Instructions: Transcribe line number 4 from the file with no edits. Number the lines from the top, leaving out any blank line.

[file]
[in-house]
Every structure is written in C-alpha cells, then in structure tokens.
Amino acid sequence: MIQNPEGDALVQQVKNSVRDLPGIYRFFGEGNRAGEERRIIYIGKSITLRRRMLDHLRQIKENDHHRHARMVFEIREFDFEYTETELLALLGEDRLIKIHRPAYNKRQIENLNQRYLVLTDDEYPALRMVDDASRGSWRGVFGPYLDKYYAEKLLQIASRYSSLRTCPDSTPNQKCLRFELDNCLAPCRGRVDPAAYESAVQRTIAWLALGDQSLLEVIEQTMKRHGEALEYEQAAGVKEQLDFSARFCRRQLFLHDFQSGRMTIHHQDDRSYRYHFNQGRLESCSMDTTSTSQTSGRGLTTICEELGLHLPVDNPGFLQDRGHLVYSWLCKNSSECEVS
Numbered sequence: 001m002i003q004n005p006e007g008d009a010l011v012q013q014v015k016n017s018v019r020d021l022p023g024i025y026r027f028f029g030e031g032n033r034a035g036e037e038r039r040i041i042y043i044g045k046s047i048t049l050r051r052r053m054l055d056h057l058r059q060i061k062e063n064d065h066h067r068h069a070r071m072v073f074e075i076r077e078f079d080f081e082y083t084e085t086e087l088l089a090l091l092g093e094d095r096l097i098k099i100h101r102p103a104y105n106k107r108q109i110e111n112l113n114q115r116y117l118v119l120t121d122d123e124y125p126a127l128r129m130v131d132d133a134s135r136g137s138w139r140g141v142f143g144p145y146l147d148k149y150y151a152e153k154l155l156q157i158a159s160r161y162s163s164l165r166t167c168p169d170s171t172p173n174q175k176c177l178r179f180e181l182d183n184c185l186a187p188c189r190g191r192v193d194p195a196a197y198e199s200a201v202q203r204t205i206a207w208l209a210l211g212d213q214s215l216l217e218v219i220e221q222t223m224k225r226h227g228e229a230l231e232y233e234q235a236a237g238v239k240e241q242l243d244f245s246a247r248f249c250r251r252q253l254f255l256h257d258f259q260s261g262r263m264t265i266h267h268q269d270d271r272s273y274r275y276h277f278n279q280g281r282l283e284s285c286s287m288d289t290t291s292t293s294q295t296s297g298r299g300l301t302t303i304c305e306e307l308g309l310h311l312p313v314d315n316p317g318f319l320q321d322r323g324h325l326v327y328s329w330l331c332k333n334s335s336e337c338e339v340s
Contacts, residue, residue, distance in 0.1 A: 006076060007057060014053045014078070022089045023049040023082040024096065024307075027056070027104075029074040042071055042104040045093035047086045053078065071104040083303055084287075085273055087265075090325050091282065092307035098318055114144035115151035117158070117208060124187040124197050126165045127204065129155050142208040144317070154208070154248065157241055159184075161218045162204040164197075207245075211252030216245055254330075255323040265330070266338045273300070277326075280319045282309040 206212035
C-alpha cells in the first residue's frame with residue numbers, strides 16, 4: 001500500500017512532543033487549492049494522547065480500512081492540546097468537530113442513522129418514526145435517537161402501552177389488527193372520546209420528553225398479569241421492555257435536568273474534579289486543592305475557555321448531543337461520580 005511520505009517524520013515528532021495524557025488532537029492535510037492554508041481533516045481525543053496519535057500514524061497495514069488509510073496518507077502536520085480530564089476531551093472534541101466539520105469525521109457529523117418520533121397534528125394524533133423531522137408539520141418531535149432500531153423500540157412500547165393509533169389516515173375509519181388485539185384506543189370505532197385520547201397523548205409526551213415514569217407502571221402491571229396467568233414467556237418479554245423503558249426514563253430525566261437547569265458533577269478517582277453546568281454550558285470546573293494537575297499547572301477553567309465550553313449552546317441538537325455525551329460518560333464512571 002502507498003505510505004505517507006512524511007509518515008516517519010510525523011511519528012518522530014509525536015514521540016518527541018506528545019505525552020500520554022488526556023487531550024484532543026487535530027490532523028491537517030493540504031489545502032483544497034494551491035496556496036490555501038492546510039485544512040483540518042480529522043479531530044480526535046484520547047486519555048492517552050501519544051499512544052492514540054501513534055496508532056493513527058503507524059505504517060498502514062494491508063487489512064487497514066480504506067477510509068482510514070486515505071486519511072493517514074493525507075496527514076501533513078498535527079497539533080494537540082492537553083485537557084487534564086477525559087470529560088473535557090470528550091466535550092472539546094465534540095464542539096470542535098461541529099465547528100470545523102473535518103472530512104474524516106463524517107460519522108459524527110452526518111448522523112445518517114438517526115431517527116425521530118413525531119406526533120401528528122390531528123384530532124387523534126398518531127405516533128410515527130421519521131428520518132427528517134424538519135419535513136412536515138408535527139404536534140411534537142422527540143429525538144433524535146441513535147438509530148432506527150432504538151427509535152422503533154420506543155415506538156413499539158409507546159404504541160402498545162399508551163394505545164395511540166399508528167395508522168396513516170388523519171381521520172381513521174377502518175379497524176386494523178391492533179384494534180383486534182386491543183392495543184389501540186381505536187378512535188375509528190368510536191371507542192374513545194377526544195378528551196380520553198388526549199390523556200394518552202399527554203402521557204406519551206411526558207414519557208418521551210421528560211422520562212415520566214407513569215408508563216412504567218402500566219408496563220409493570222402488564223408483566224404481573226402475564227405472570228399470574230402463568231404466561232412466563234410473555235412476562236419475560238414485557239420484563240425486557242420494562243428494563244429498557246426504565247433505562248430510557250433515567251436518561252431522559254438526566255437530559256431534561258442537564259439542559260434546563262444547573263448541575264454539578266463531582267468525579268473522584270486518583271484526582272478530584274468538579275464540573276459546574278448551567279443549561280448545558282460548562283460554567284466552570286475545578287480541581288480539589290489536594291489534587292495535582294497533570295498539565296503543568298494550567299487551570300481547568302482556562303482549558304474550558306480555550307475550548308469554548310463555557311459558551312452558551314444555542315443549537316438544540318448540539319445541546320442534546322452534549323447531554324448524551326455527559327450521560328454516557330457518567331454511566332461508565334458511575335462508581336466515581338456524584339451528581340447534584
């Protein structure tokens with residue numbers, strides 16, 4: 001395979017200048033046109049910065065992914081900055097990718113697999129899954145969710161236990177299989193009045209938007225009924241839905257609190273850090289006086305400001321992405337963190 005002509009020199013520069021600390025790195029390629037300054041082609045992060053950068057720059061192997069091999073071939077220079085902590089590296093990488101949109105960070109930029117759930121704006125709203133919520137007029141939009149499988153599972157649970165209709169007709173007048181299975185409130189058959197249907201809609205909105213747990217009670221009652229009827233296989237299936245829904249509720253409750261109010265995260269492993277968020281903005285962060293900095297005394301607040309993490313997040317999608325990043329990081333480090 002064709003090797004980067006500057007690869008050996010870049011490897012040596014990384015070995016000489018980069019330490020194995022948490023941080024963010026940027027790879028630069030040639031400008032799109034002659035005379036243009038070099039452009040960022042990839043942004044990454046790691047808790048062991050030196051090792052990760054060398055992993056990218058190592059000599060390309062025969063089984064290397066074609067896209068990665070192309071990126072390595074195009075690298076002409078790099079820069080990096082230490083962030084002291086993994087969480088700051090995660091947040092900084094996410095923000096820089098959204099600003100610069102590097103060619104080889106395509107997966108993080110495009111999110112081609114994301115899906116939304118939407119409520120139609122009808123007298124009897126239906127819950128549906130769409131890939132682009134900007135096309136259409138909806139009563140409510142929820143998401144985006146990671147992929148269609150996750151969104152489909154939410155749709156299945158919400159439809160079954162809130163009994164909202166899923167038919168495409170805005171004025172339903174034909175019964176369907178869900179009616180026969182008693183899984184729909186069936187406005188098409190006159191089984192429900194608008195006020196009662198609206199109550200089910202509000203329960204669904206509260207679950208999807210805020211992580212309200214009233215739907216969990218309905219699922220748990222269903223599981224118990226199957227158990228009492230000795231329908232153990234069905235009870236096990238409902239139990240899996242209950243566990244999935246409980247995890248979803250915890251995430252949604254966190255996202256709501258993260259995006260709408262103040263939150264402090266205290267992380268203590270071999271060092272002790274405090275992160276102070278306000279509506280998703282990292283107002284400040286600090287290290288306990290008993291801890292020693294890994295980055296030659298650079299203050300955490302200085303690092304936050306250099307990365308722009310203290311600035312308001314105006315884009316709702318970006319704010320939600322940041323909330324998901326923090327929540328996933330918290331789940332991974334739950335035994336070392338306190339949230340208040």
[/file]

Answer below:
Numbered sequence: 001m002i003q004n005p006e007g008d009a010l011v012q013q014v015k016n017s018v019r020d021l022p023g024i025y026r027f028f029g030e031g032n033r034a035g036e037e038r039r040i041i042y043i044g045k046s047i048t049l050r051r052r053m054l055d056h057l058r059q060i061k062e063n064d065h066h067r068h069a070r071m072v073f074e075i076r077e078f079d080f081e082y083t084e085t086e087l088l089a090l091l092g093e094d095r096l097i098k099i100h101r102p103a104y105n106k107r108q109i110e111n112l113n114q115r116y117l118v119l120t121d122d123e124y125p126a127l128r129m130v131d132d133a134s135r136g137s138w139r140g141v142f143g144p145y146l147d148k149y150y151a152e153k154l155l156q157i158a159s160r161y162s163s164l165r166t167c168p169d170s171t172p173n174q175k176c177l178r179f180e181l182d183n184c185l186a187p188c189r190g191r192v193d194p195a196a197y198e199s200a201v202q203r204t205i206a207w208l209a210l211g212d213q214s215l216l217e218v219i220e221q222t223m224k225r226h227g228e229a230l231e232y233e234q235a236a237g238v239k240e241q242l243d244f245s246a247r248f249c250r251r252q253l254f255l256h257d258f259q260s261g262r263m264t265i266h267h268q269d270d271r272s273y274r275y276h277f278n279q280g281r282l283e284s285c286s287m288d289t290t291s292t293s294q295t296s297g298r299g300l301t302t303i304c305e306e307l308g309l310h311l312p313v314d315n316p317g318f319l320q321d322r323g324h325l326v327y328s329w330l331c332k333n334s335s336e337c338e339v340s